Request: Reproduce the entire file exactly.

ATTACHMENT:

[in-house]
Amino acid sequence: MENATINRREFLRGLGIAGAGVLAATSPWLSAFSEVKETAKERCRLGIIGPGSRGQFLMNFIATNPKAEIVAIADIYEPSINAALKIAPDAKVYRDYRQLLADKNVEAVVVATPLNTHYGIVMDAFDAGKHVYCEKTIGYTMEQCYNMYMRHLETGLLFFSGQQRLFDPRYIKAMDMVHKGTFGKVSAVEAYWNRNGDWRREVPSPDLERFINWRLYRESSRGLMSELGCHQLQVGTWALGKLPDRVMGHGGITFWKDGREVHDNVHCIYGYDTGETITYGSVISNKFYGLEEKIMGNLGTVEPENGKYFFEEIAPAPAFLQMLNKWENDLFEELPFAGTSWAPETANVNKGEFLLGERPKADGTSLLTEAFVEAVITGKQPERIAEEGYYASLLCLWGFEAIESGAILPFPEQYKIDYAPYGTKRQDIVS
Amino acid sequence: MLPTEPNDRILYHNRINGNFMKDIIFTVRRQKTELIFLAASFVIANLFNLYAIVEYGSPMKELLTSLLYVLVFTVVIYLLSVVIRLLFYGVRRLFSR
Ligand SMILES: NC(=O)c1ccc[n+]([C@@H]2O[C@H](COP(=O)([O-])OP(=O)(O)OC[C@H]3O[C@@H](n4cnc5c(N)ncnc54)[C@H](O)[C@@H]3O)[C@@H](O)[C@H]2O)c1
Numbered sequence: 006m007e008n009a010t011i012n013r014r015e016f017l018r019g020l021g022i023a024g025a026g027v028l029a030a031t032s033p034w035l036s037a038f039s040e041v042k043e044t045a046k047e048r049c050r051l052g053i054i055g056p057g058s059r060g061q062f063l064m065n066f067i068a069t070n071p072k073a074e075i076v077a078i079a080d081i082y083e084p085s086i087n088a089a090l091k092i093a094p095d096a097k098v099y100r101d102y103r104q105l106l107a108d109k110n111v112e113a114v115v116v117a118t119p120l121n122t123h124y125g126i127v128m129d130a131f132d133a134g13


[in-house]
Amino acid sequence: MENATINRREFLRGLGIAGAGVLAATSPWLSAFSEVKETAKERCRLGIIGPGSRGQFLMNFIATNPKAEIVAIADIYEPSINAALKIAPDAKVYRDYRQLLADKNVEAVVVATPLNTHYGIVMDAFDAGKHVYCEKTIGYTMEQCYNMYMRHLETGLLFFSGQQRLFDPRYIKAMDMVHKGTFGKVSAVEAYWNRNGDWRREVPSPDLERFINWRLYRESSRGLMSELGCHQLQVGTWALGKLPDRVMGHGGITFWKDGREVHDNVHCIYGYDTGETITYGSVISNKFYGLEEKIMGNLGTVEPENGKYFFEEIAPAPAFLQMLNKWENDLFEELPFAGTSWAPETANVNKGEFLLGERPKADGTSLLTEAFVEAVITGKQPERIAEEGYYASLLCLWGFEAIESGAILPFPEQYKIDYAPYGTKRQDIVS
Amino acid sequence: MLPTEPNDRILYHNRINGNFMKDIIFTVRRQKTELIFLAASFVIANLFNLYAIVEYGSPMKELLTSLLYVLVFTVVIYLLSVVIRLLFYGVRRLFSR
Ligand SMILES: NC(=O)c1ccc[n+]([C@@H]2O[C@H](COP(=O)([O-])OP(=O)(O)OC[C@H]3O[C@@H](n4cnc5c(N)ncnc54)[C@H](O)[C@@H]3O)[C@@H](O)[C@H]2O)c1
Numbered sequence: 006m007e008n009a010t011i012n013r014r015e016f017l018r019g020l021g022i023a024g025a026g027v028l029a030a031t032s033p034w035l036s037a038f039s040e041v042k043e044t045a046k047e048r049c050r051l052g053i054i055g056p057g058s059r060g061q062f063l064m065n066f067i068a069t070n071p072k073a074e075i076v077a078i079a080d081i082y083e084p085s086i087n088a089a090l091k092i093a094p095d096a097k098v099y100r101d102y103r104q105l106l107a108d109k110n111v112e113a114v115v116v117a118t119p120l121n122t123h124y125g126i127v128m129d130a131f132d133a134g13